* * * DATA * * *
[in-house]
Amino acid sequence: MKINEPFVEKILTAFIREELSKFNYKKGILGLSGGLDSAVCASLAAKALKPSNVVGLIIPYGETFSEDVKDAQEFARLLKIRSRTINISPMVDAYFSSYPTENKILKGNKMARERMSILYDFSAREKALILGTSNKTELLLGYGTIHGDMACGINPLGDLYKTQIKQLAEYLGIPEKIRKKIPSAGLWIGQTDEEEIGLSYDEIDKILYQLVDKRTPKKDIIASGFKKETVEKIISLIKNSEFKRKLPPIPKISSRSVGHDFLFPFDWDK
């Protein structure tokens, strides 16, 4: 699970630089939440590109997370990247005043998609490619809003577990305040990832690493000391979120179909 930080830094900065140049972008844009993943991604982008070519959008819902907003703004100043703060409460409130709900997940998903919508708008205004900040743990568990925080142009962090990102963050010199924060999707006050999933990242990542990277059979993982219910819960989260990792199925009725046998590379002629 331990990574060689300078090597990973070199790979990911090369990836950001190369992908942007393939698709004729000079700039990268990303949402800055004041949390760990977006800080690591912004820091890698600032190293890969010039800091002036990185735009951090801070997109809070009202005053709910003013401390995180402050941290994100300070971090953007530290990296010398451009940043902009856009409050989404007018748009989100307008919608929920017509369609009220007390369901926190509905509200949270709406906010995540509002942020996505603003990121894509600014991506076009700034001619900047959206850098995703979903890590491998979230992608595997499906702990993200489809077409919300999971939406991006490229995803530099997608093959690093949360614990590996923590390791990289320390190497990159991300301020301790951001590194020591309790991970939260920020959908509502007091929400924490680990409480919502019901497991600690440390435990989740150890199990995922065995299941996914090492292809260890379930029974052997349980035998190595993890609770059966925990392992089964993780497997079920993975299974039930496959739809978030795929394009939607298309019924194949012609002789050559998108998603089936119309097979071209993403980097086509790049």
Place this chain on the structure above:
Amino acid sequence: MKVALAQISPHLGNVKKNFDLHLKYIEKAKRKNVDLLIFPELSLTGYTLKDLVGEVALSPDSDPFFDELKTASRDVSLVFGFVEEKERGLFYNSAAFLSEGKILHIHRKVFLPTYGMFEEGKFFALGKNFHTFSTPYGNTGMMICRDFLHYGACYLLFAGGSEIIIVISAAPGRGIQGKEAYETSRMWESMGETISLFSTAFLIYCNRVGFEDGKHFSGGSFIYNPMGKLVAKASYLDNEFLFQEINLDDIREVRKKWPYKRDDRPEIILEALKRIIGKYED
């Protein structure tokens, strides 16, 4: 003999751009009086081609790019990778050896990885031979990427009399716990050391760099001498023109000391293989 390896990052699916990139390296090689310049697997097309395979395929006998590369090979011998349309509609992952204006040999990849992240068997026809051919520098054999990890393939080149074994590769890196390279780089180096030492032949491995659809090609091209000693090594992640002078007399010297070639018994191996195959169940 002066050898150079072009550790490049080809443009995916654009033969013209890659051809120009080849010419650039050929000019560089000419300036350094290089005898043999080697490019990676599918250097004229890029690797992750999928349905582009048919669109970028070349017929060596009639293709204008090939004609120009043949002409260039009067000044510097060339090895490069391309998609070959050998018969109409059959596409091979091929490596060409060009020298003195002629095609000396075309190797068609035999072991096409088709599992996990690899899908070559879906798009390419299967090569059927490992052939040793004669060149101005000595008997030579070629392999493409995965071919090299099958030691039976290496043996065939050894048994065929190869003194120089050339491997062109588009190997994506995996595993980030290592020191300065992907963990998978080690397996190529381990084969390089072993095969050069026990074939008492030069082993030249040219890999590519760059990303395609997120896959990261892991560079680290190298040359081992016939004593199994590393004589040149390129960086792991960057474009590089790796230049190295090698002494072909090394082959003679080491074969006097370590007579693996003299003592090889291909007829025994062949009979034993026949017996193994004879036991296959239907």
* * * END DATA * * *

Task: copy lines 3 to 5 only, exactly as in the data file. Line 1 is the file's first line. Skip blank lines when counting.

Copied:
């Protein structure tokens, strides 16, 4: 699970630089939440590109997370990247005043998609490619809003577990305040990832690493000391979120179909 930080830094900065140049972008844009993943991604982008070519959008819902907003703004100043703060409460409130709900997940998903919508708008205004900040743990568990925080142009962090990102963050010199924060999707006050999933990242990542990277059979993982219910819960989260990792199925009725046998590379002629 331990990574060689300078090597990973070199790979990911090369990836950001190369992908942007393939698709004729000079700039990268990303949402800055004041949390760990977006800080690591912004820091890698600032190293890969010039800091002036990185735009951090801070997109809070009202005053709910003013401390995180402050941290994100300070971090953007530290990296010398451009940043902009856009409050989404007018748009989100307008919608929920017509369609009220007390369901926190509905509200949270709406906010995540509002942020996505603003990121894509600014991506076009700034001619900047959206850098995703979903890590491998979230992608595997499906702990993200489809077409919300999971939406991006490229995803530099997608093959690093949360614990590996923590390791990289320390190497990159991300301020301790951001590194020591309790991970939260920020959908509502007091929400924490680990409480919502019901497991600690440390435990989740150890199990995922065995299941996914090492292809260890379930029974052997349980035998190595993890609770059966925990392992089964993780497997079920993975299974039930496959739809978030795929394009939607298309019924194949012609002789050559998108998603089936119309097979071209993403980097086509790049």
Place this chain on the structure above:
Amino acid sequence: MKVALAQISPHLGNVKKNFDLHLKYIEKAKRKNVDLLIFPELSLTGYTLKDLVGEVALSPDSDPFFDELKTASRDVSLVFGFVEEKERGLFYNSAAFLSEGKILHIHRKVFLPTYGMFEEGKFFALGKNFHTFSTPYGNTGMMICRDFLHYGACYLLFAGGSEIIIVISAAPGRGIQGKEAYETSRMWESMGETISLFSTAFLIYCNRVGFEDGKHFSGGSFIYNPMGKLVAKASYLDNEFLFQEINLDDIREVRKKWPYKRDDRPEIILEALKRIIGKYED